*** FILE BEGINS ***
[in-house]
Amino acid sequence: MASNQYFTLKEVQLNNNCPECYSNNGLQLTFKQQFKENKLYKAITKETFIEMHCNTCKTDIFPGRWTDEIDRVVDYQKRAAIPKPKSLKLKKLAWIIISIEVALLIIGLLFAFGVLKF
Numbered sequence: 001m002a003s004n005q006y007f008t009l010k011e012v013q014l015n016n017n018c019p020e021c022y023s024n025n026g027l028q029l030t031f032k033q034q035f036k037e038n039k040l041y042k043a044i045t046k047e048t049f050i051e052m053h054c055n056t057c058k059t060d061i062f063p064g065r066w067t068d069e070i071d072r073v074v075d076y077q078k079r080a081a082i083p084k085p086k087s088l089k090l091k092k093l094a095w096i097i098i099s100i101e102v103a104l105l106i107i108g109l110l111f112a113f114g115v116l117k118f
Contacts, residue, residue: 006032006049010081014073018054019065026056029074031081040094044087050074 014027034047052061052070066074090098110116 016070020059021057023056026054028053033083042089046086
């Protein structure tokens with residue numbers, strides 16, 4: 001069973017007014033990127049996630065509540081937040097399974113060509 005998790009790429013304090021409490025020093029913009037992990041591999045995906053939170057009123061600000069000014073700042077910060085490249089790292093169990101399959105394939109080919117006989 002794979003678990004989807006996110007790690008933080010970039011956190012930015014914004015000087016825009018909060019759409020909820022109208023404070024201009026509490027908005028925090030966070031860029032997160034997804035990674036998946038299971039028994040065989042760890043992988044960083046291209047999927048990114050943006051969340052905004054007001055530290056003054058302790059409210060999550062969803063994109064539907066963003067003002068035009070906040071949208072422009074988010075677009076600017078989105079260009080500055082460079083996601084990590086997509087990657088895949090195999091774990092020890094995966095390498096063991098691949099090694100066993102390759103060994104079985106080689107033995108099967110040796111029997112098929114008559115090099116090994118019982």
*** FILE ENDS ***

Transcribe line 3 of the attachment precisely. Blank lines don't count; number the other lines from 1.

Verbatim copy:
Numbered sequence: 001m002a003s004n005q006y007f008t009l010k011e012v013q014l015n016n017n018c019p020e021c022y023s024n025n026g027l028q029l030t031f032k033q034q035f036k037e038n039k040l041y042k043a044i045t046k047e048t049f050i051e052m053h054c055n056t057c058k059t060d061i062f063p064g065r066w067t068d069e070i071d072r073v074v075d076y077q078k079r080a081a082i083p084k085p086k087s088l089k090l091k092k093l094a095w096i097i098i099s100i101e102v103a104l105l106i107i108g109l110l111f112a113f114g115v116l117k118f